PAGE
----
Survival Rates for Hodgkin Lymphoma

Survival rates can give you an idea of what percentage of people with the same type and stage of cancer are still alive a certain amount of time (usually 5 years) after they were diagnosed. They can’t tell you how long you will live, but they may help give you a better understanding about how likely it is that your treatment will be successful.

Keep in mind that survival rates are estimates and are often based on previous outcomes of large numbers of people who had a specific cancer, but they can’t predict what will happen in any particular person’s case. These statistics can be confusing and may lead you to have more questions. Talk with your doctor about how these numbers may apply to you, as he or she is familiar with your situation.

What is a 5-year relative survival rate?

A relative survival rate compares people with the same type and stage of Hodgkin lymphoma to people in the overall population. For example, if the 5-year survival rate for a specific stage of Hodgkin lymphoma is 80%, it means that people who have that cancer are, on average, about 80% as likely as people who don't have that cancer to live 5 years after being diagnosed.

Where do these numbers come from?

The American Cancer Society relies on information from the SEER* database, maintained by the National Cancer Institute (NCI), to provide survival statistics for different types of cancer.

The SEER database tracks 5-year relative survival rates for Hodgkin lymphoma in the United States, based on how far the cancer has spread. The SEER database, however, does not group cancers by the Lugano classification (stage 1, stage 2, stage 3, etc.). Instead, it groups cancers into localized, regional, and distant stages:

  • Localized: The cancer is limited to one lymph node area, one lymphoid organ, or one organ outside the lymph system.
  • Regional: The cancer reaches from one lymph node area to a nearby organ, is found in two or more lymph node areas on the same side of the diaphragm, or is considered bulky disease.
  • Distant: The cancer has spread to distant parts of the body such as the lungs, liver, or bone marrow, or to lymph node areas above and below the diaphragm.

5-year relative survival rates for Hodgkin lymphoma

(Based on people diagnosed with Hodgkin lymphoma between 2008 and 2014.)

SEER Stage

5-Year Relative Survival Rate

Localized

92%

Regional

93%

Distant

78%

All SEER stages combined

87%

Understanding the numbers

  • These numbers apply only to the stage of the cancer when it is first diagnosed. They do not apply later on if the cancer grows, spreads, or comes back after treatment.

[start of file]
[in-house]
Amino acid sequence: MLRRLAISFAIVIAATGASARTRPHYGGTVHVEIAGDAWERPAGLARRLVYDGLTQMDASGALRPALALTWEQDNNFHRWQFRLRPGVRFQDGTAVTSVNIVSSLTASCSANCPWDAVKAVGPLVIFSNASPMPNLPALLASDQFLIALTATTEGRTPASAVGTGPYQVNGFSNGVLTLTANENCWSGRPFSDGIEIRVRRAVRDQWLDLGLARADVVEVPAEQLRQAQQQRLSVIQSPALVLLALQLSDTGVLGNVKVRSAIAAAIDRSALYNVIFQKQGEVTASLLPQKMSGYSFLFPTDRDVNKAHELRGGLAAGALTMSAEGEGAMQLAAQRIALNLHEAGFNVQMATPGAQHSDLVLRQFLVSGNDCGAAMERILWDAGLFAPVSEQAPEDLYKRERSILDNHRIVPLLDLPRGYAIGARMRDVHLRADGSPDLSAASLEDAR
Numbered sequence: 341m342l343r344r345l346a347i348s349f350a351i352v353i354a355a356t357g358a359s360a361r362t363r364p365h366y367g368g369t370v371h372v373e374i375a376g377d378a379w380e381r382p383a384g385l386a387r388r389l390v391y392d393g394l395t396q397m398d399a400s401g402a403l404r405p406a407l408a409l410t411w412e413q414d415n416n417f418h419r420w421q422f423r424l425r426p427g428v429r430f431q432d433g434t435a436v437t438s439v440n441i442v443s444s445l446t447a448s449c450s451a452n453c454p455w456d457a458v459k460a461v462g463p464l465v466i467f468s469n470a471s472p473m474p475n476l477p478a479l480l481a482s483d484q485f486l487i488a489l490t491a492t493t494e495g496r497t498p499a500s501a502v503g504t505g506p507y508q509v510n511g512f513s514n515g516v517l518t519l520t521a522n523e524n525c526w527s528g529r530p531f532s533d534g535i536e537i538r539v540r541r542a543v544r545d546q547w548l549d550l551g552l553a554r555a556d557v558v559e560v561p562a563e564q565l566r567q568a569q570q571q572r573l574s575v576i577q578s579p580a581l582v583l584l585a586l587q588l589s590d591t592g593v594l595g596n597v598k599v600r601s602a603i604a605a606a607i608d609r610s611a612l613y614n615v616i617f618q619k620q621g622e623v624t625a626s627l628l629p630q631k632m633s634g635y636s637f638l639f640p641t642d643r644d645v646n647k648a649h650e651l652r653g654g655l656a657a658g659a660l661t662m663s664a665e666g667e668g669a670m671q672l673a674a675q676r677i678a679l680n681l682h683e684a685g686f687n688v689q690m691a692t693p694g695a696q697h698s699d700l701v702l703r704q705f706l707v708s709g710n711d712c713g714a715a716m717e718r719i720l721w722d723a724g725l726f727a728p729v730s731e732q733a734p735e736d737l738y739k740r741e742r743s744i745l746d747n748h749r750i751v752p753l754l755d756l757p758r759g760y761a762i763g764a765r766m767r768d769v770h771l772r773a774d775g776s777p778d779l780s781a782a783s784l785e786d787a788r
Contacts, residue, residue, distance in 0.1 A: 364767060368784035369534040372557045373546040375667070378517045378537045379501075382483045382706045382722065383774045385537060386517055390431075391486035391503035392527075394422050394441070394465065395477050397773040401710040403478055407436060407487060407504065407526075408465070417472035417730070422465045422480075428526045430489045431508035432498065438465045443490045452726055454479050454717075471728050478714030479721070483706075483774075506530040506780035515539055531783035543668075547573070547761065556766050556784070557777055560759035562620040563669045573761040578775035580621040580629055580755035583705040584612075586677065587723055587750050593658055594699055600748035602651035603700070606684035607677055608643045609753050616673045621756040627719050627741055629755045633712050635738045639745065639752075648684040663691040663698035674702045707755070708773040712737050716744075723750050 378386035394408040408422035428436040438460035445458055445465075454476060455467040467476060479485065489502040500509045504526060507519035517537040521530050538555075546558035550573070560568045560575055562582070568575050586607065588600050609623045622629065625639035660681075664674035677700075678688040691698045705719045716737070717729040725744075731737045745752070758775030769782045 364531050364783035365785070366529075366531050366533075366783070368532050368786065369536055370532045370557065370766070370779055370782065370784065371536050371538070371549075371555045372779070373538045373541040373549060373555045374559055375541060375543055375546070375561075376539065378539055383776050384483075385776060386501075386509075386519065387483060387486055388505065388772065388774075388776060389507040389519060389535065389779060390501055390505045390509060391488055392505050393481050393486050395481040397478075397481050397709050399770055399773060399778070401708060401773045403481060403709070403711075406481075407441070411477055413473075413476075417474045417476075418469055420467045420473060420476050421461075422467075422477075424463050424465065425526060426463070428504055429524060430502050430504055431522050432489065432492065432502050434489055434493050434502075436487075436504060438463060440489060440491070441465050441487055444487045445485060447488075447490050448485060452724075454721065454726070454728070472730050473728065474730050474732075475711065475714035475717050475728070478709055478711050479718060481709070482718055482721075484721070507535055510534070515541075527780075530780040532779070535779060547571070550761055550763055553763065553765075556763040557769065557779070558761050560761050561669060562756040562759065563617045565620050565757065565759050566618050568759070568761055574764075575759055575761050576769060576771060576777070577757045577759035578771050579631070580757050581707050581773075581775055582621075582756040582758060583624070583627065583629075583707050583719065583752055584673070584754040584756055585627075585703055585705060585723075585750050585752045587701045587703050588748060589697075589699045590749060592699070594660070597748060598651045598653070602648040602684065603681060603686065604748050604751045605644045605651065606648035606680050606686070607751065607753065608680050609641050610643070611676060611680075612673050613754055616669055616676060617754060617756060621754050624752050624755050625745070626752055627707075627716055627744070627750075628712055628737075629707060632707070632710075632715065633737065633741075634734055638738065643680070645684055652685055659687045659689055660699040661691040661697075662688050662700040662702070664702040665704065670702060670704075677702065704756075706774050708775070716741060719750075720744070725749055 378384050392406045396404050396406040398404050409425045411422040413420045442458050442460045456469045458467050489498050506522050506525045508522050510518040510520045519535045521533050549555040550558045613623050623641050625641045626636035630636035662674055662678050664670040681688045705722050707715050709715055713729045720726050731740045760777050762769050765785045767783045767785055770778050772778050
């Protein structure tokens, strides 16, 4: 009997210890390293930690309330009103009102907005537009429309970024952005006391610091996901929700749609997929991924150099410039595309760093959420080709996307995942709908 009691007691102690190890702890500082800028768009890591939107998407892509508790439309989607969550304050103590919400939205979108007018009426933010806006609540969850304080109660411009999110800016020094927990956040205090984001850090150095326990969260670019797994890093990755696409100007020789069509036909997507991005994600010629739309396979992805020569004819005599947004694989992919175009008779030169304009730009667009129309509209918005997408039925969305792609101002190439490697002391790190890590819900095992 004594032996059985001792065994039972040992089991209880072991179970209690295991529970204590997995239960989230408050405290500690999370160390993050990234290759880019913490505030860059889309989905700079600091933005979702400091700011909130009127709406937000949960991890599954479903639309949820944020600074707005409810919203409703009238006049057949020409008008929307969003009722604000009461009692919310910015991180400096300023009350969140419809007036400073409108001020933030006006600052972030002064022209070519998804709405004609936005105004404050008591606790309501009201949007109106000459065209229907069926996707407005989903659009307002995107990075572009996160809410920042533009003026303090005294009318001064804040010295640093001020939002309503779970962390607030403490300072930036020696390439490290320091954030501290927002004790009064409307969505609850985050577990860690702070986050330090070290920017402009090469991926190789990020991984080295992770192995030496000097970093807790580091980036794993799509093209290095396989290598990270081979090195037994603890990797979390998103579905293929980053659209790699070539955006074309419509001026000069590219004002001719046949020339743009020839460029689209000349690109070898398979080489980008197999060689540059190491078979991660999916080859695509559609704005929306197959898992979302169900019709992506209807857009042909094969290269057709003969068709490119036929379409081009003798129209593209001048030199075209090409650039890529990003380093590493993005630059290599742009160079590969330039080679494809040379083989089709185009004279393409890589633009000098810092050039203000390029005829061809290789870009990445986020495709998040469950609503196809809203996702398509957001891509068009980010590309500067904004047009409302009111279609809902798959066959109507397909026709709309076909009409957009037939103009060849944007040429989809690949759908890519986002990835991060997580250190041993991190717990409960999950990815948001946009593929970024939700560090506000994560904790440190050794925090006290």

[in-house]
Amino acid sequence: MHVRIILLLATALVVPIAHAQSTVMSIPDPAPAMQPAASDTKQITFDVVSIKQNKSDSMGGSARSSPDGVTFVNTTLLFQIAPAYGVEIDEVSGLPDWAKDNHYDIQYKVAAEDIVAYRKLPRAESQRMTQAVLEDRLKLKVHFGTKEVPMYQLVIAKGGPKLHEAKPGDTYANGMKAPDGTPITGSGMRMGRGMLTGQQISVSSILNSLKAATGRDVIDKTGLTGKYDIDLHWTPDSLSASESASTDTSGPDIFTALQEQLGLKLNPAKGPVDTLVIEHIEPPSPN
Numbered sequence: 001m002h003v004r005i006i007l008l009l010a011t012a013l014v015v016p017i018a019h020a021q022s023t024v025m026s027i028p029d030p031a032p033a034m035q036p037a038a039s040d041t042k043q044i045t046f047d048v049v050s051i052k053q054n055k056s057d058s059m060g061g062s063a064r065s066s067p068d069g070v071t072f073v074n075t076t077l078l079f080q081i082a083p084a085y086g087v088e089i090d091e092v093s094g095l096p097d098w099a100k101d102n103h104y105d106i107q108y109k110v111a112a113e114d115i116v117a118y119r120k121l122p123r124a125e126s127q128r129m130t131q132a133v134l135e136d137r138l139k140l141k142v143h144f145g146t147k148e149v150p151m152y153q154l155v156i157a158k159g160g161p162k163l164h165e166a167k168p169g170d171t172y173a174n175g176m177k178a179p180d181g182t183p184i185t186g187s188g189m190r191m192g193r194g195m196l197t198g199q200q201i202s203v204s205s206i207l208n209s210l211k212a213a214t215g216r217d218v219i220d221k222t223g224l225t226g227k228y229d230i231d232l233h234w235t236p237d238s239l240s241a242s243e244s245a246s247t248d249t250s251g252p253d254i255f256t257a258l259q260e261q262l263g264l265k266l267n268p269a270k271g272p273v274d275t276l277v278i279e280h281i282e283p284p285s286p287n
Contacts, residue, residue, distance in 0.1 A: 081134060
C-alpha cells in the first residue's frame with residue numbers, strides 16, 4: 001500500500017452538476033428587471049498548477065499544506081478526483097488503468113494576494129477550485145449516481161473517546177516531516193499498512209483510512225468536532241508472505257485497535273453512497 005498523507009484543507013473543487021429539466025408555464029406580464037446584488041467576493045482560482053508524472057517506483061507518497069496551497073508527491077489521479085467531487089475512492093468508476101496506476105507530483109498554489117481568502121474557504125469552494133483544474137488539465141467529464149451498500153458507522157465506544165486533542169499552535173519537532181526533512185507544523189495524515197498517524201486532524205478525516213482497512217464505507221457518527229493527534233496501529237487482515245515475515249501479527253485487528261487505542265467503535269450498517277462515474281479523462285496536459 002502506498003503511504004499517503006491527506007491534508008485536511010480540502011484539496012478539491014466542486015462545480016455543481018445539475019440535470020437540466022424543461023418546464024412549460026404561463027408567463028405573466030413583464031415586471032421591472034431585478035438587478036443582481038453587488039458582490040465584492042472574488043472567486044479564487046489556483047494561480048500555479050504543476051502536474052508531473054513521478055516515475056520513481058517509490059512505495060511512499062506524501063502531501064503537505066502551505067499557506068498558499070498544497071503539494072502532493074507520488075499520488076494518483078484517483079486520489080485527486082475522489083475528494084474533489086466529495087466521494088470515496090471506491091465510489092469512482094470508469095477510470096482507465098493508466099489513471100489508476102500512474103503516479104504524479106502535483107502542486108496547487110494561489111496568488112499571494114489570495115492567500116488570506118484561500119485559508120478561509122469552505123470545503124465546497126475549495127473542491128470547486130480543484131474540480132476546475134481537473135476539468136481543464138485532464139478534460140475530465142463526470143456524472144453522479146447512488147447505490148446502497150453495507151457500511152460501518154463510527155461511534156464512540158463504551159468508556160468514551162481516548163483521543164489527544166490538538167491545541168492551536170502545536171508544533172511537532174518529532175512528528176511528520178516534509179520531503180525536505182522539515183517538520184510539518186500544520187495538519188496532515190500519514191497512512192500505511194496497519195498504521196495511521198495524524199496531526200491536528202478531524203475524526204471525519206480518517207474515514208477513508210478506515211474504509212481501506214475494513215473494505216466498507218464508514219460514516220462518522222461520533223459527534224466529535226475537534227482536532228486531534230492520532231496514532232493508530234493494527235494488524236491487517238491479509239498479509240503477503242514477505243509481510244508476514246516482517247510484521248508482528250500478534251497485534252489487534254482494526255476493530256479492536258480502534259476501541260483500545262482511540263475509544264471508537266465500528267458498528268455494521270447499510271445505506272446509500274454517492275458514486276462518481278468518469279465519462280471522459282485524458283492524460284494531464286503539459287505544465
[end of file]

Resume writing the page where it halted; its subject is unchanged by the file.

• These numbers don’t take everything into account. Survival rates are grouped based on how far the cancer has spread, but your age, overall health, how well the cancer responds to treatment, and other prognostic factors (described below) can also affect your outlook.
  • People now being diagnosed with Hodgkin lymphoma may have a better outlook than these numbers show. Treatments improve over time, and these numbers are based on people who were diagnosed and treated at least five years earlier.

Other prognostic factors

Along with the stage of the Hodgkin lymphoma, other factors can affect a person’s prognosis (outlook). For example, having some of these factors means the lymphoma is likely to be more serious:

  • Having B symptoms or bulky disease
  • Being older than 45
  • Being male
  • Having a high white blood cell count (above 15,000)
  • Having a low red blood cell count (hemoglobin level below 10.5)
  • Having a low blood lymphocyte count (below 600)
  • Having a low blood albumin level (below 4)
  • Having a high erythrocyte sedimentation rate, or ESR (over 30 in someone with B symptoms, or over 50 for someone without B symptoms)

Some of these factors are used to help divide stage I or II Hodgkin lymphoma into favorable and unfavorable groups, which can affect how intense the treatment needs to be. To learn more, see Treating Classic Hodgkin Lymphoma by Stage.

*SEER= Surveillance, Epidemiology, and End Results

 

The American Cancer Society medical and editorial content team

Our team is made up of doctors and oncology certified nurses with deep knowledge of cancer care as well as journalists, editors, and translators with extensive experience in medical writing.

Bartlett NL, Triska G. Chapter 102: Hodgkin lymphoma. In: Niederhuber JE, Armitage JO, Dorshow JH, Kastan MB, Tepper JE, eds. Abeloff’s Clinical Oncology. 6th ed. Philadelphia, Pa. Elsevier: 2020.

National Comprehensive Cancer Network, Clinical Practice Guidelines in Oncology (NCCN Guidelines®), Hodgkin Lymphoma, Version 3.2018 -- April 16, 2018. Accessed at www.nccn.org/professionals/physician_gls/pdf/hodgkins.pdf on March 21, 2019.

Noone AM, Howlader N, Krapcho M, Miller D, Brest A, Yu M, Ruhl J, Tatalovich Z, Mariotto A, Lewis DR, Chen HS, Feuer EJ, Cronin KA (eds). SEER Cancer Statistics Review, 1975-2015, National Cancer Institute. Bethesda, MD, https://seer.cancer.gov/csr/1975_2015/, based on November 2017 SEER data submission, posted to the SEER web site, April 2018.

Ruhl JL, Callaghan C, Hurlbut, A, Ries LAG, Adamo P, Dickie L, Schussler N (eds.) Summary Stage 2018: Codes and Coding Instructions, National Cancer Institute, Bethesda, MD, 2018.

 

Last Medical Review: May 1, 2018 Last Revised: March 21, 2019

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